Short answer: spell-casting will get you through the game on normal difficulty just fine, but ultimately falls far short of physical weapons if you really want to push the envelope. I haven't played on master difficulty, so I can't comment there.
Long answer: was really long, snipped.
Medium answer: without recursively buffing alchemy and enchanting, if you max alchemy, enchanting, and smithing, plus get all appropriate crafting perks and weapon skill perks, a crafted and improved daedric sword can get over 300 damage per hit, while the best I can see from a maxed destruction spell is around 250 damage per hit.
(To do that, enchant a set of armor to add +100% alchemy and +100% smithing, then craft the best +smithing potion you can make with that armor, then use the armor plus potion to improve the sword. Then use the +40% weapon skill enchants on your regular armor to double or triple the improved weapon's damage. Note this isn't exploiting recursion in any way.)
Combine the extra damage with the fact that you can dual-wield the swords, and swords hit much more quickly than spells, and you've already got far more damage output with swords than spells. Then, use your alchemy to make a +weapon skill potion, and you can increase output even further for a minute at a time (again, no recursion exploits). Finally, throw in some sneaky-sneaky and hit 2k on a backstab, and mages can only dream of such damage.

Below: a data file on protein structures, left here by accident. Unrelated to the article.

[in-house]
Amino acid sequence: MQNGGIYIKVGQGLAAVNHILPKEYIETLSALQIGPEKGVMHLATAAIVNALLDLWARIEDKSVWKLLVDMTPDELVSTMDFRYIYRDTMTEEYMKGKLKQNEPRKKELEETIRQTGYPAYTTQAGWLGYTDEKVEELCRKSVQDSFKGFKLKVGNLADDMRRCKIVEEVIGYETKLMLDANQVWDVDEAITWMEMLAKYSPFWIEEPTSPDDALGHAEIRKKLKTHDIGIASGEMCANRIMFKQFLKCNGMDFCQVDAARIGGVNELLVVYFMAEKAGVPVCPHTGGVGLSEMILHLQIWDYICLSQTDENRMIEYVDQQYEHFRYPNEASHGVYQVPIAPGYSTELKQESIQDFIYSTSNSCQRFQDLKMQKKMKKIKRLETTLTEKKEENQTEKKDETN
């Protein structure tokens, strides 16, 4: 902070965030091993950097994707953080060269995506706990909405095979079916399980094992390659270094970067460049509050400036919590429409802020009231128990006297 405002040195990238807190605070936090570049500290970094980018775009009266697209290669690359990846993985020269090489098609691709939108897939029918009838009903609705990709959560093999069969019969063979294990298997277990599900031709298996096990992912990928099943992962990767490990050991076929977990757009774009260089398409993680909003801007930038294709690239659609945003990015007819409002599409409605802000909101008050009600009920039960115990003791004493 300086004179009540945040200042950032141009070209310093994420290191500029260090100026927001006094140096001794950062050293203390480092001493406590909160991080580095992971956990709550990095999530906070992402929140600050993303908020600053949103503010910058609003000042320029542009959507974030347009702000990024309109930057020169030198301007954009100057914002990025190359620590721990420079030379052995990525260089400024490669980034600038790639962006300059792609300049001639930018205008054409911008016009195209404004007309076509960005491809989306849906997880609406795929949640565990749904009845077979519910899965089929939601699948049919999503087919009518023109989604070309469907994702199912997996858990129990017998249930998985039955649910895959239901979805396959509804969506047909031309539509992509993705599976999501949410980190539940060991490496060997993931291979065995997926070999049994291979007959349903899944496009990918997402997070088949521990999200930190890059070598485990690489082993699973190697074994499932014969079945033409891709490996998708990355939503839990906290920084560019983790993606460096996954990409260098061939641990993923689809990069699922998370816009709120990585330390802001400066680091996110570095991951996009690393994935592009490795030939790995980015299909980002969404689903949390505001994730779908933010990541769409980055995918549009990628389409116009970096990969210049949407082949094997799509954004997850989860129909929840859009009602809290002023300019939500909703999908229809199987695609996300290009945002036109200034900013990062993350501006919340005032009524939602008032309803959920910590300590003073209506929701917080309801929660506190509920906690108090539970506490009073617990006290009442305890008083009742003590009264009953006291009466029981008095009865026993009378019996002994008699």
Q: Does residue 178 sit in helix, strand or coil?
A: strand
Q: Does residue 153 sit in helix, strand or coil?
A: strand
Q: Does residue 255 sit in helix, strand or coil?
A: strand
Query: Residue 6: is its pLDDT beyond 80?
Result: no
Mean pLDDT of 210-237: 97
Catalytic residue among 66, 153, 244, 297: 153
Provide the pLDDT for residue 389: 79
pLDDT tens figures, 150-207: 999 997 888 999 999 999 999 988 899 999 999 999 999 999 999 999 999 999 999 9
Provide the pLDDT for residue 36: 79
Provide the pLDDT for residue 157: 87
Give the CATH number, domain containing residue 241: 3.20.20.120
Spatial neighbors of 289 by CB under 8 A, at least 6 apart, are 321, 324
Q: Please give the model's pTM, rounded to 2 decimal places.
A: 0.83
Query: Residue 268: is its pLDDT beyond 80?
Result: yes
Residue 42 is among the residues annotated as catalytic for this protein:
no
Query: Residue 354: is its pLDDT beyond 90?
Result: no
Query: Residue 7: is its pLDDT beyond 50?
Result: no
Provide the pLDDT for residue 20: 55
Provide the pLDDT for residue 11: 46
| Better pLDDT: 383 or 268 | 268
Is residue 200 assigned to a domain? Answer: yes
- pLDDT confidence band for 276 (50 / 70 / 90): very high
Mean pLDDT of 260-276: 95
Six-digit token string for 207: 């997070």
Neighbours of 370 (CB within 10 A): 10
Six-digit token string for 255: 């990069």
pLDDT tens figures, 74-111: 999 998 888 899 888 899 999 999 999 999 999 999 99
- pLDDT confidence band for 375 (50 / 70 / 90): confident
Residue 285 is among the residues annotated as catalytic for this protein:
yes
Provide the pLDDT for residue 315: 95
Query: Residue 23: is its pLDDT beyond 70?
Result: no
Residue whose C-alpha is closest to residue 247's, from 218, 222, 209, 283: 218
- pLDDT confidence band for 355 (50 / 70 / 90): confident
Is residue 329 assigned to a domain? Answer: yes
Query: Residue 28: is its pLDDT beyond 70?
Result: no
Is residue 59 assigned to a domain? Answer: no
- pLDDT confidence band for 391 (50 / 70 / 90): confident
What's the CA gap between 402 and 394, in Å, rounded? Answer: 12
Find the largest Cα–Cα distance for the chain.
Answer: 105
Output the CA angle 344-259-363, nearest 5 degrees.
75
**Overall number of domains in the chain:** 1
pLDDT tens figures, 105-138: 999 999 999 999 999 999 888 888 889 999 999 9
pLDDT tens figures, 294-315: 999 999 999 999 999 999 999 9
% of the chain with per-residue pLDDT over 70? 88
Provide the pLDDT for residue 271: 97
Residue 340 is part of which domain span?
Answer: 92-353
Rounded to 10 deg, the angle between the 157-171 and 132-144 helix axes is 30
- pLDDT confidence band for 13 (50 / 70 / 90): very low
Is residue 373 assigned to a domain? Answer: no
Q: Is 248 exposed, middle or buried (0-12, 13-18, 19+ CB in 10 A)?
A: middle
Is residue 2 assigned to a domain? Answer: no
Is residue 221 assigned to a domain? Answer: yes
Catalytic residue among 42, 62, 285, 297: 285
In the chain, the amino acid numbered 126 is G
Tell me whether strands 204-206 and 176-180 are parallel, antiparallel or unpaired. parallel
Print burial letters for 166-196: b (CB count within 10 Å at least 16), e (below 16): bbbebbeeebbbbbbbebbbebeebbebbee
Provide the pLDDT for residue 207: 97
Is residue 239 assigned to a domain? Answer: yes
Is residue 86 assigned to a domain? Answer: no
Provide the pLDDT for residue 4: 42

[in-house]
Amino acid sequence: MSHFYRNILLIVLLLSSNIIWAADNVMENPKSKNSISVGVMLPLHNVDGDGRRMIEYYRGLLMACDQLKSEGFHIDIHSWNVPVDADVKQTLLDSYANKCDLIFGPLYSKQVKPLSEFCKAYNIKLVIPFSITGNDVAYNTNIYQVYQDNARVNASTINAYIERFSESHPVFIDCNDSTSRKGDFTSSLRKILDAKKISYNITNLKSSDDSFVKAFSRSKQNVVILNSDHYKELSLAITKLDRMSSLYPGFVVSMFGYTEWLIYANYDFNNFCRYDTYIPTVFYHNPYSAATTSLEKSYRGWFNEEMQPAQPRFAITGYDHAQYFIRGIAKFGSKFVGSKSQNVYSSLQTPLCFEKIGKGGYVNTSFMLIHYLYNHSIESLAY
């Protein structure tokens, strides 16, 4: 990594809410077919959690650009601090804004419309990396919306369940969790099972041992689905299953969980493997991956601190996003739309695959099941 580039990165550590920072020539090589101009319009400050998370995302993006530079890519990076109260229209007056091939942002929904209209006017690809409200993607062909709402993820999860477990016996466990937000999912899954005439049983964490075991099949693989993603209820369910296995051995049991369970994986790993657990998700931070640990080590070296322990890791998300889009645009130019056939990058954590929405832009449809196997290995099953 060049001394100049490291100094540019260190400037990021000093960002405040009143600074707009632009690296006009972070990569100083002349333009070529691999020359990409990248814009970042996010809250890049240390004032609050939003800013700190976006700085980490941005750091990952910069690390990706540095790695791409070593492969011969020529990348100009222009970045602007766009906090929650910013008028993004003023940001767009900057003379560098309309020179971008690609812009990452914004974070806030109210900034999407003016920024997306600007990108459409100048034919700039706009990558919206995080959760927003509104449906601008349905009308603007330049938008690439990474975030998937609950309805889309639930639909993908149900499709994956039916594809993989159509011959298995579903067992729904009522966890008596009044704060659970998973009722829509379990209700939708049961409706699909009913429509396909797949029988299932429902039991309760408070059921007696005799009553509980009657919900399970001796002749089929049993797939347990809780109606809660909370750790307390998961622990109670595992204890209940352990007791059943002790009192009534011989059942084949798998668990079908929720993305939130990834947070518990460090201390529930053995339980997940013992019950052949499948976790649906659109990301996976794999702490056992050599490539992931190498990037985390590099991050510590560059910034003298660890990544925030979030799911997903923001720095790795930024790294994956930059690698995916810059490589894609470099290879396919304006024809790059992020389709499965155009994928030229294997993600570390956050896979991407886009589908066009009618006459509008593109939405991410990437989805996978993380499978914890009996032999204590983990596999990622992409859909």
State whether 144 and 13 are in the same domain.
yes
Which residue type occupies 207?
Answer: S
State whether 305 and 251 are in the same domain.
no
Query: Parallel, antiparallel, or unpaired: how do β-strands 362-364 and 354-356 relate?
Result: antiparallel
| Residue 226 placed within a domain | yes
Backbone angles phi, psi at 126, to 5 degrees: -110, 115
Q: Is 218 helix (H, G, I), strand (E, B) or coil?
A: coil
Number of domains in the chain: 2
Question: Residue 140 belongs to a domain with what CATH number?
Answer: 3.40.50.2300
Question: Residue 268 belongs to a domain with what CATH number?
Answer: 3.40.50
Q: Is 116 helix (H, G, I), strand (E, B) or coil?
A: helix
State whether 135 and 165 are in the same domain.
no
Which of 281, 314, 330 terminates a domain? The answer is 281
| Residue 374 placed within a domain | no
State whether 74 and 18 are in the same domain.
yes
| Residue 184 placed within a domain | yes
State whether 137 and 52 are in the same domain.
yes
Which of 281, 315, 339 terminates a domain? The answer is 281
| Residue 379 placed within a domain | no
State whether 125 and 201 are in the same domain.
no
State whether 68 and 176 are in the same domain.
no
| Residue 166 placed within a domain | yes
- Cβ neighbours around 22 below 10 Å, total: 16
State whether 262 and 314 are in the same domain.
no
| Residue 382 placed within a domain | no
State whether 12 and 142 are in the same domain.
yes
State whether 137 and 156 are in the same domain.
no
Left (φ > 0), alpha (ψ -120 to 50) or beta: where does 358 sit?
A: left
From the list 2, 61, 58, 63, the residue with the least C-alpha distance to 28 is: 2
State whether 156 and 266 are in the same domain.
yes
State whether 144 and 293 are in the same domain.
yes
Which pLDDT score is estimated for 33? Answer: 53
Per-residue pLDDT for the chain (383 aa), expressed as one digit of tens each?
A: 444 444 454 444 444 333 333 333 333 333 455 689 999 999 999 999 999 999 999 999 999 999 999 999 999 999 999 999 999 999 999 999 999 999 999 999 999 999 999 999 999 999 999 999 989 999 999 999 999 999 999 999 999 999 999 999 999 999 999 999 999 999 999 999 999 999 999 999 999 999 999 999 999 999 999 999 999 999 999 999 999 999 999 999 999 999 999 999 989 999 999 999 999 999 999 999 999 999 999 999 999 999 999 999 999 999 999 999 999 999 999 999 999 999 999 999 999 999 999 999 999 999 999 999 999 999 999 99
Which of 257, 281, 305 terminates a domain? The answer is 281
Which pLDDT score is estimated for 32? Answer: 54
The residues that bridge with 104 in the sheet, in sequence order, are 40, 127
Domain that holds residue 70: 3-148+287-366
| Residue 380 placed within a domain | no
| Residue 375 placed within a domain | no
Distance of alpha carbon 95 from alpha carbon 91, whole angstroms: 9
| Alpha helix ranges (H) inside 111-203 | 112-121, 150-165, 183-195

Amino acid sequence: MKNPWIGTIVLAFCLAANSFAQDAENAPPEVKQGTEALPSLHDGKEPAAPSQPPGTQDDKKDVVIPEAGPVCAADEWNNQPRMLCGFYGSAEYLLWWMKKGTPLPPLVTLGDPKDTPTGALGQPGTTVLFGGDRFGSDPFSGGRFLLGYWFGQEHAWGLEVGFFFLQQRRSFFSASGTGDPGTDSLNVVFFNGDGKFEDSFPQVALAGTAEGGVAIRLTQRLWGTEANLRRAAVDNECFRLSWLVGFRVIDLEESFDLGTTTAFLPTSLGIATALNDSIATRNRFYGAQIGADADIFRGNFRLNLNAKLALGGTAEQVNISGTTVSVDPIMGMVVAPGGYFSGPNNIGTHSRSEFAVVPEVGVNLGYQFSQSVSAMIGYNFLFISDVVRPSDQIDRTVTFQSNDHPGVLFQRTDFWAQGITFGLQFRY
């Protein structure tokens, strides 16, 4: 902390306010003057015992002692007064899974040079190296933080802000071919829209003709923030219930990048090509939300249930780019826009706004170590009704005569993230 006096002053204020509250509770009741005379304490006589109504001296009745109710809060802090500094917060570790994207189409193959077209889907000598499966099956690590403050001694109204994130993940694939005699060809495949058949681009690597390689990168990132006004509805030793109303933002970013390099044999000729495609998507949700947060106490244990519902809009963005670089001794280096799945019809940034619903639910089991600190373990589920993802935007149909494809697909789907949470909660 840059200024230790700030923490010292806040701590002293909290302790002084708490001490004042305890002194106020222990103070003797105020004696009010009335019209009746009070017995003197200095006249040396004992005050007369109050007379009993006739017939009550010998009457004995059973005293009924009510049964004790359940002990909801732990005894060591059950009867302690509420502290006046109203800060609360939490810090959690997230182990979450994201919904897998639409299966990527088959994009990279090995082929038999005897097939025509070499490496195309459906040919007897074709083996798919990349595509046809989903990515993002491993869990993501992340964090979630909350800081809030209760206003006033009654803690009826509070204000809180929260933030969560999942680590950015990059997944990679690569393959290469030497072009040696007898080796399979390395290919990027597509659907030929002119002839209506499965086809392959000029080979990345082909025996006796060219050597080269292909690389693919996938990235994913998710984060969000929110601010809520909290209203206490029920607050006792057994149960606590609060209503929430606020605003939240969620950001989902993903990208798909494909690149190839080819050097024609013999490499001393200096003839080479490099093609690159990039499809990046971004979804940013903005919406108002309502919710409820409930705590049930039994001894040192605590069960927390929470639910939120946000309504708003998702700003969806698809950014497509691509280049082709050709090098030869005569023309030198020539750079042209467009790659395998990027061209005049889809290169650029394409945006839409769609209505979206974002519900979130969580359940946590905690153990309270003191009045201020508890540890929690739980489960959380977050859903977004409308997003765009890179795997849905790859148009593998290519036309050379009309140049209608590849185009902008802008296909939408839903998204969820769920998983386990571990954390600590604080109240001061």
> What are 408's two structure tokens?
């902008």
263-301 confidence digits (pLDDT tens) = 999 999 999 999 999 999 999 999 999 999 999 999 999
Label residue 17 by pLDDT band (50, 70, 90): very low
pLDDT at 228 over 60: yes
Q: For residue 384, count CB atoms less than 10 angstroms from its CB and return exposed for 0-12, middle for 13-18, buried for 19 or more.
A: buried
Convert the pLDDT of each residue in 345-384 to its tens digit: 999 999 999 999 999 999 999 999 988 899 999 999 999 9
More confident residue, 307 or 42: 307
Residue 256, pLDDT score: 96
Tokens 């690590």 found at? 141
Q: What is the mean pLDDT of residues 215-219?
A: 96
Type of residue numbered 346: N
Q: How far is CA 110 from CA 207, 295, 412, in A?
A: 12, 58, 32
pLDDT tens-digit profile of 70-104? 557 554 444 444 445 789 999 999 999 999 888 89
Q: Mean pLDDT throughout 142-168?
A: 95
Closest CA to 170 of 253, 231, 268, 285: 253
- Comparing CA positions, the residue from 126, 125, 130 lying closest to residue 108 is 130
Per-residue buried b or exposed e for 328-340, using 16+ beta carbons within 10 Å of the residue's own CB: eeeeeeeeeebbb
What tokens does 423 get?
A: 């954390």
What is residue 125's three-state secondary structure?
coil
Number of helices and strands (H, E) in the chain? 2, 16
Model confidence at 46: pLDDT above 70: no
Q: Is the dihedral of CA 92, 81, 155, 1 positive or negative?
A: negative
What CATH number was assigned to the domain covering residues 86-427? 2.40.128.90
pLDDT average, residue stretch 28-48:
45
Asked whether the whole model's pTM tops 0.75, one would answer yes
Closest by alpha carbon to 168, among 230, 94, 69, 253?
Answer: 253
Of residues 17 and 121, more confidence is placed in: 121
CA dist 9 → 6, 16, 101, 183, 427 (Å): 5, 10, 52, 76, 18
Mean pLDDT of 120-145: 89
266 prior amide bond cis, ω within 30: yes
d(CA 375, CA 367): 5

If you want to go full out and exploit recursive synergies (which seems to be intended behavior, not a bug exploit), you can hit almost 1200 damage per hit, per sword. Combine these with the orc's berserker rage, and you can hit 2400 legitimately, with a sneak attack of over 14k. Not sure if it's possible, but if you can backstab with both swords at once, you'd be hitting nearly 30k in one hit -- something that would take 100 spells to match.
That said, none of this is at all required on normal difficulty, and many are considering it boringly-overpowered even on master difficulty, so just because physical weapons far overpower magic when maximizing character potential, it doesn't mean you can't play an effective pure-mage class on the game.
Source: the Bethesda forums.